On-Line Fundraising, Some Tax Implications

Many have participated in, or know someone who has launched, a “Kickstarter” campaign or other online means of securing funds for a project.  Others may have encountered a request for contributions to a “fund” for some tragic occurrence (such as a scholarship fund for the children of a decedent) which is not supported by a charitable organization.  Such projects, generally known by the term “crowdfunding”, raise interesting tax issues.

A third party (such as a credit card issuer or other payment collection service) need not report to the Internal Revenue Service the transactions of any participating payee (such as a musician, inventor, etc.) if the aggregate payments to the payee by the third party for the calendar year do not exceed $20,000 or if the aggregate number of transactions between the third party and the payee that would otherwise be reportable does not exceed 200 within the calendar year.

It is bedrock tax law that all amounts received by an individual are income to that person unless excluded under other provisions of tax law.  A gift is excluded from the recipient’s income.  However, there is no gift, under tax law, if there is something of value received in return for the payment to the recipient.  All gifts are subject to the gift tax and the applicable annual “per donee (recipient)” and lifetime exclusion amounts.

In the charitable contribution arena, one looks to the “insubstantial benefit” test to determine if a “reward” given for a contribution if fully tax deductible.  Presumably, the same rationale would apply to crowdfunding campaigns.  For the 2015 tax year, the adjustments in the value of insubstantial benefits that may be received by a donor in return for a contribution without causing the contribution to fail to be fully deductible are:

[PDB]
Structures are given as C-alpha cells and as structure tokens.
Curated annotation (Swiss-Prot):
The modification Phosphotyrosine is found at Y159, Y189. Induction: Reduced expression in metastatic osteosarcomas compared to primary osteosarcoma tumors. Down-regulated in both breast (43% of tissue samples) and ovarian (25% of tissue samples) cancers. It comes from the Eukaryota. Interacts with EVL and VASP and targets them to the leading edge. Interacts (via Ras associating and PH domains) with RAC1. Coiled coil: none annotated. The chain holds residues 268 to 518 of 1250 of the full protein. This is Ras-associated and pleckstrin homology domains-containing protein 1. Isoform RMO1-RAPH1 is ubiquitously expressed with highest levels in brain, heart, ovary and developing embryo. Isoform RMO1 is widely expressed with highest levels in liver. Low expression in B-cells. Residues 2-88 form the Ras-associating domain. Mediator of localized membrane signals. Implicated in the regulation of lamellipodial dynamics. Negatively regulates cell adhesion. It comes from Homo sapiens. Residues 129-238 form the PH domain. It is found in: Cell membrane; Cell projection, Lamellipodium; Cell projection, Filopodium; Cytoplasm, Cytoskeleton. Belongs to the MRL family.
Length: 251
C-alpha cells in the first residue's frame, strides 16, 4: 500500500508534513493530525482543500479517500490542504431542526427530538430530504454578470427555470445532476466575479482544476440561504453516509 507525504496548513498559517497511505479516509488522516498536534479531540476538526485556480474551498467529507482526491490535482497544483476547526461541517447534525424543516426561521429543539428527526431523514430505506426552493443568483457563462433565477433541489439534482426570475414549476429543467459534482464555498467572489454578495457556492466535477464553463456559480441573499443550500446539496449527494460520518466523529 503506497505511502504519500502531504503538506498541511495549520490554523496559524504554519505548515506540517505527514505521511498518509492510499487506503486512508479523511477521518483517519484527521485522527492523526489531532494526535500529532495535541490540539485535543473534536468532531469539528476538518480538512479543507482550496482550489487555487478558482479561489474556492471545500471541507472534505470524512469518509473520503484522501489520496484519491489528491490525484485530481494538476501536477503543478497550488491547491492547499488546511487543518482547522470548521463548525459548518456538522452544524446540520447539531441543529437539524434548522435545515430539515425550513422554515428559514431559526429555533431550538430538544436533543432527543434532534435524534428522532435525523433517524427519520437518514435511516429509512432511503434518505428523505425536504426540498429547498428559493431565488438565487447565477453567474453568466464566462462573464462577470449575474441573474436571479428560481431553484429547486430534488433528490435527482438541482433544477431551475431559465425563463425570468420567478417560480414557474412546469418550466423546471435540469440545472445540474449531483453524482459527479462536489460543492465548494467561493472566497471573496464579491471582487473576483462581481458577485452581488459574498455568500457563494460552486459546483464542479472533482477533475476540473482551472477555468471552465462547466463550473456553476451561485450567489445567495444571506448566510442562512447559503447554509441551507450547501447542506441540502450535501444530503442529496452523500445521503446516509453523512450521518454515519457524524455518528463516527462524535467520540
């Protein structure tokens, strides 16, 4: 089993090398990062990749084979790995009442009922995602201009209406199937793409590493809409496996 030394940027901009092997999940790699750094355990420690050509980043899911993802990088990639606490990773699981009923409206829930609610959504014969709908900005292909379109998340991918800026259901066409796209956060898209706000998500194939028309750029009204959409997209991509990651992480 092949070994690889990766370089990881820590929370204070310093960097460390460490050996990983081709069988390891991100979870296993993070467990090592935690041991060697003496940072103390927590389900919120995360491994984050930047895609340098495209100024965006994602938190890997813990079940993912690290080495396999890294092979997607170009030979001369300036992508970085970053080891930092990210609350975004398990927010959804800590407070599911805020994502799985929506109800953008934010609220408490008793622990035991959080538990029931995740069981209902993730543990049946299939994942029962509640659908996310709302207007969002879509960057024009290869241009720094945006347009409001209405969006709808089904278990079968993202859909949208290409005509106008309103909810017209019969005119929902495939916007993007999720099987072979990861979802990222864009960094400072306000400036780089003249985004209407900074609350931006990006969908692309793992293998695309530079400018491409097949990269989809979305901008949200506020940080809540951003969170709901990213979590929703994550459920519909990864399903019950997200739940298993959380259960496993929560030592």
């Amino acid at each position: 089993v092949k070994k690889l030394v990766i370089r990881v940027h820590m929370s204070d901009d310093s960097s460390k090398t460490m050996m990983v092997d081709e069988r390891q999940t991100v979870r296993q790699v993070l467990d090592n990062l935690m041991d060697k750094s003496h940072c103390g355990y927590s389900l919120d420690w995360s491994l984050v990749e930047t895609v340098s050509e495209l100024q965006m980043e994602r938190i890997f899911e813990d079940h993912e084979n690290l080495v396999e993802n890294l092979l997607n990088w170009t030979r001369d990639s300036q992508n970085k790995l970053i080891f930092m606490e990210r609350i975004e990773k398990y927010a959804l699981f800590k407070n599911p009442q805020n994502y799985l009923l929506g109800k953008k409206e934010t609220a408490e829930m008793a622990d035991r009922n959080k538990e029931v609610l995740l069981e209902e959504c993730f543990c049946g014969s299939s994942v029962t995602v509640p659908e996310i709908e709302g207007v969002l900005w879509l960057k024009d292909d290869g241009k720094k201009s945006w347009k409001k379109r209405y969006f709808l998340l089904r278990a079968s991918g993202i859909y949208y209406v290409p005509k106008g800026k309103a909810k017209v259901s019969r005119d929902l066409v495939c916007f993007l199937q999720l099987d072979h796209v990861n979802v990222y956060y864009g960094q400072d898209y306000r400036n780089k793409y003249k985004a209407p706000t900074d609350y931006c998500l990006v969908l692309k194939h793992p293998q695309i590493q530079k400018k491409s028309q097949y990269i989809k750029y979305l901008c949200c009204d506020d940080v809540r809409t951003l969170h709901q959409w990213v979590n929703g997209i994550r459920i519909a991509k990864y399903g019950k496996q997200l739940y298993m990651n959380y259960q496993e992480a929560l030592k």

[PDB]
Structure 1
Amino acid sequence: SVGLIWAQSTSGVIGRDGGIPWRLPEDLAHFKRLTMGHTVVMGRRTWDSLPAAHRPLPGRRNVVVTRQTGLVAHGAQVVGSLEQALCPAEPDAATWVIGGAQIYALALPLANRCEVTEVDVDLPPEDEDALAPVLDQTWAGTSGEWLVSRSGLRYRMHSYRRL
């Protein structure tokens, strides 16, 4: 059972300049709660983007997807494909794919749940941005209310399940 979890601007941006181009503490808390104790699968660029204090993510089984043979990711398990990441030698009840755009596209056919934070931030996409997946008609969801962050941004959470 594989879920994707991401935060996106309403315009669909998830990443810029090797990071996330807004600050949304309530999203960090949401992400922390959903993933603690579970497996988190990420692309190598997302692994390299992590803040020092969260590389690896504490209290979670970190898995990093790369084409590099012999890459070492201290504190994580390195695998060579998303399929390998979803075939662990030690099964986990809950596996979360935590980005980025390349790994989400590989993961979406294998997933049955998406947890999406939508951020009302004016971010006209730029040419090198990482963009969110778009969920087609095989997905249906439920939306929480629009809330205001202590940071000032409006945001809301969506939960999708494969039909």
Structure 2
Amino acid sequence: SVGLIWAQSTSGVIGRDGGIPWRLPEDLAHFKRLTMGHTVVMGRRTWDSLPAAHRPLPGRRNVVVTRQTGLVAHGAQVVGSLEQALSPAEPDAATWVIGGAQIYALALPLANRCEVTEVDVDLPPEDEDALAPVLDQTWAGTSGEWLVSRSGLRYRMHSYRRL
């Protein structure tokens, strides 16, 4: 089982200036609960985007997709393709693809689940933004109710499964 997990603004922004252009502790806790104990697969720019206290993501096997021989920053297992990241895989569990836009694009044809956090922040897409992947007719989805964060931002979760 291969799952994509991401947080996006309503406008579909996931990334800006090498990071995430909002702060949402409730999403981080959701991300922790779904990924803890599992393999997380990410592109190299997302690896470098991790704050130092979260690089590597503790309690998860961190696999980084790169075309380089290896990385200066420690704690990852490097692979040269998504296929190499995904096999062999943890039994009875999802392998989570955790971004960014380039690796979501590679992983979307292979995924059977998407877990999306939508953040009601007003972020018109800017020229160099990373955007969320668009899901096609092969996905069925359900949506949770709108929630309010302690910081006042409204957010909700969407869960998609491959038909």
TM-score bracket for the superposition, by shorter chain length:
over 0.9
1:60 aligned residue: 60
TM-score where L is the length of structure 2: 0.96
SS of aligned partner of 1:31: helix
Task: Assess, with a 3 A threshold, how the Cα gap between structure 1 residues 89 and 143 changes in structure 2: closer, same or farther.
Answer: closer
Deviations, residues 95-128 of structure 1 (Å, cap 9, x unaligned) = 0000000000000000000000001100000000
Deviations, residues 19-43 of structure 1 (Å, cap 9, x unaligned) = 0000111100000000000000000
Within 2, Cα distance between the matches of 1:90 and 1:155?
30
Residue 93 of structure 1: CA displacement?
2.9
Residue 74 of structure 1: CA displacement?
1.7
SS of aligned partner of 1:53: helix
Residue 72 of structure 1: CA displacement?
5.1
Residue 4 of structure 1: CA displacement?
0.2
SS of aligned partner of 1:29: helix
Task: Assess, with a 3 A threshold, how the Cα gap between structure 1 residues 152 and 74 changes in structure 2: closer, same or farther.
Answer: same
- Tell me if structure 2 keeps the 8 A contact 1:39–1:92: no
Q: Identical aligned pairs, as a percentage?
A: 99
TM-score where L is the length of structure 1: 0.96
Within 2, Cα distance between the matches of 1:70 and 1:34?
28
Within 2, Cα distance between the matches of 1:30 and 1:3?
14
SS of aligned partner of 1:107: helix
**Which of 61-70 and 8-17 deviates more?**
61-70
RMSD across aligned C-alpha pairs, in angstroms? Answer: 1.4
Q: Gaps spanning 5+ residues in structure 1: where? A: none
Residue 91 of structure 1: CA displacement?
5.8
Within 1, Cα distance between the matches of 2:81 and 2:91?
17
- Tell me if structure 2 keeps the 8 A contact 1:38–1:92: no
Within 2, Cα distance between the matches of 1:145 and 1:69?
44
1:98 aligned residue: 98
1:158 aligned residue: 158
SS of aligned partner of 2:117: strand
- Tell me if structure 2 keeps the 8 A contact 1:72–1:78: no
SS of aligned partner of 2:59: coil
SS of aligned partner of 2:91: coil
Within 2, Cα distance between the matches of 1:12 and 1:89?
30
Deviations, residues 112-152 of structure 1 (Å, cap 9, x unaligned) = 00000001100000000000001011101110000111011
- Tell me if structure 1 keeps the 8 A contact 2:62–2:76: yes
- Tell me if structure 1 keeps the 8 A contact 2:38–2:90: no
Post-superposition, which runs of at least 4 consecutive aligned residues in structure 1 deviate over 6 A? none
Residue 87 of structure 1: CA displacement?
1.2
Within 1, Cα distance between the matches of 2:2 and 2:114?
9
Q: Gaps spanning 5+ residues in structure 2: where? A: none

• $10.50 (total of all low-cost gift items received by the donor)
  • $52.50 (minimum amount of the donor’s contribution)
  • $105 (fair market value of all the gifts received by the donor in connection with the contribution, or 2 percent, whichever is less)

With these latest adjustments, a gift can be ignored for tax purposes if the gift is no more than $105 or 2 percent of the payment, whichever is less. Alternatively, a gift can be ignored for tax purposes if a donation is $52.50 or more and the gift qualifies as a low-cost item. Low-cost items are, for example, token gifts such as tee shirts, coffee mugs, or key chains bearing the charity’s name or logo. The total of low-cost items cannot exceed a wholesale value of $10.50.

The expense of conducting a crowdfunding campaign (including the “incentives” mentioned above) may be deductible if the project involved is a trade or business carried on with the expectation of profit.  In such a case, losses are handled in the same manner as any actively conducted business.  However if there is no such profit expectation, (e.g. just getting a performer’s music “out there”) the “hobby loss” rules come into play and deductions are usually only allowed to the extent of income from the hobby.  In evaluating the issue of the deduction of expenses, one must be aware of the “startup” expenditure rules which treat those expenses differently than those of an ongoing business, but generally would probably not apply in a smaller crowdfunding campaign below statutory limits regarding startup expenditures.

Finally, a charitable deduction is not allowed for contributions to an individual unless, possibly, the crowdfunding is sponsored by a charitable organization and the rules for charitable deductions are met.

PK Law’s Corporate and Business Services Group can help with setting up and monitoring crowdfunding campaigns.  They can also provide advice and guidance on charitable donations and deductions.